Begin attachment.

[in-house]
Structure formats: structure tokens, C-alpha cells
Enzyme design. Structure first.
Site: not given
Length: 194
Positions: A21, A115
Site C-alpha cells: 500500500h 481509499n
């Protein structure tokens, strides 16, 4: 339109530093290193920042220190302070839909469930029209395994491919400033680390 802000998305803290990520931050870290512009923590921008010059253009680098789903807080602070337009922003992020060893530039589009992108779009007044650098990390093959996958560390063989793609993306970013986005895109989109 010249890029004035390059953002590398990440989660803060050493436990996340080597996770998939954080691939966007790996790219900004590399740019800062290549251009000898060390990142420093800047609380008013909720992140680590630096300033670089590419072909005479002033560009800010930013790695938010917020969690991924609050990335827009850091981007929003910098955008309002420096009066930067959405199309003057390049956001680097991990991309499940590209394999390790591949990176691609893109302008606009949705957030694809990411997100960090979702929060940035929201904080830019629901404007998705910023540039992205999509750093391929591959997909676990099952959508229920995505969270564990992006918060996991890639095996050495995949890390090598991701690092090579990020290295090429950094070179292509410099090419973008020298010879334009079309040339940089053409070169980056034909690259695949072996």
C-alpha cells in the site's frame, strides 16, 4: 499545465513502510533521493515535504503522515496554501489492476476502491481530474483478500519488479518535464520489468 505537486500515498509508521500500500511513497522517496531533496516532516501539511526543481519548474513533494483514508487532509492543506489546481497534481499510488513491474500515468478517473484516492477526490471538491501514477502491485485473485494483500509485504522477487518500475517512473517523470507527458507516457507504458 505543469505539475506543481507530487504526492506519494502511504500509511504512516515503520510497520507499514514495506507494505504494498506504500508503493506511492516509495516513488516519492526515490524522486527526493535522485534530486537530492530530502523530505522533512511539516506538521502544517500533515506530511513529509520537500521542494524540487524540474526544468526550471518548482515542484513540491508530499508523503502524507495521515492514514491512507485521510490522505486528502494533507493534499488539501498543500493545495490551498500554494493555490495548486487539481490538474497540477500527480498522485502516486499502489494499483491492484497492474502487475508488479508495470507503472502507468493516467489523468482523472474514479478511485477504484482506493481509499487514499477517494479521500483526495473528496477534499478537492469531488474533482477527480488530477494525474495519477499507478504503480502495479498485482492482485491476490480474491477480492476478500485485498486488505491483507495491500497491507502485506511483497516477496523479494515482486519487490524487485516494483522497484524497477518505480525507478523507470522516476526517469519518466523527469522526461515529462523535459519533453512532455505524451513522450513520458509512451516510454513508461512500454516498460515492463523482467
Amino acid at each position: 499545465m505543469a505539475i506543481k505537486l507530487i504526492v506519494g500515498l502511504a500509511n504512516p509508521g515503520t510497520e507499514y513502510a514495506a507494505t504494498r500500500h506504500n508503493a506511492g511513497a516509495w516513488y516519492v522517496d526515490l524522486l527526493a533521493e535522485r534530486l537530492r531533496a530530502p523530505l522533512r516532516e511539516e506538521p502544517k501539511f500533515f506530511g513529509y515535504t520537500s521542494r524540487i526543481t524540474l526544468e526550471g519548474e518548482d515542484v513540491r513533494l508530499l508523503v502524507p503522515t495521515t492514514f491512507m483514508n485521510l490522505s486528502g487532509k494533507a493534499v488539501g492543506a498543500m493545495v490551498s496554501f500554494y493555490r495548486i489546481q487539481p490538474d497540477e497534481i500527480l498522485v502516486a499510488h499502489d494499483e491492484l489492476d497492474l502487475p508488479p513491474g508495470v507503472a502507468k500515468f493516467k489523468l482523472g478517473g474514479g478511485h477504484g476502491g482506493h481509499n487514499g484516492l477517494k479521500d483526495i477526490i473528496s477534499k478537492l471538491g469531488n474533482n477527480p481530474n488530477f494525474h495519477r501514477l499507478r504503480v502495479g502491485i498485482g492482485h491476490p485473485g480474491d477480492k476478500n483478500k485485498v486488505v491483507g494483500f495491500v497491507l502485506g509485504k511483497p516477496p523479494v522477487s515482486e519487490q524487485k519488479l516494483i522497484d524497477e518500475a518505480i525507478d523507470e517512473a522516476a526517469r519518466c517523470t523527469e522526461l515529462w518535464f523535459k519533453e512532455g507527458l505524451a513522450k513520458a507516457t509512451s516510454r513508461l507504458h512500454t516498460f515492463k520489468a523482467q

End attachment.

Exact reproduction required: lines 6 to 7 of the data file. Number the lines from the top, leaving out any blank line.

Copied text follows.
Positions: A21, A115
Site C-alpha cells: 500500500h 481509499n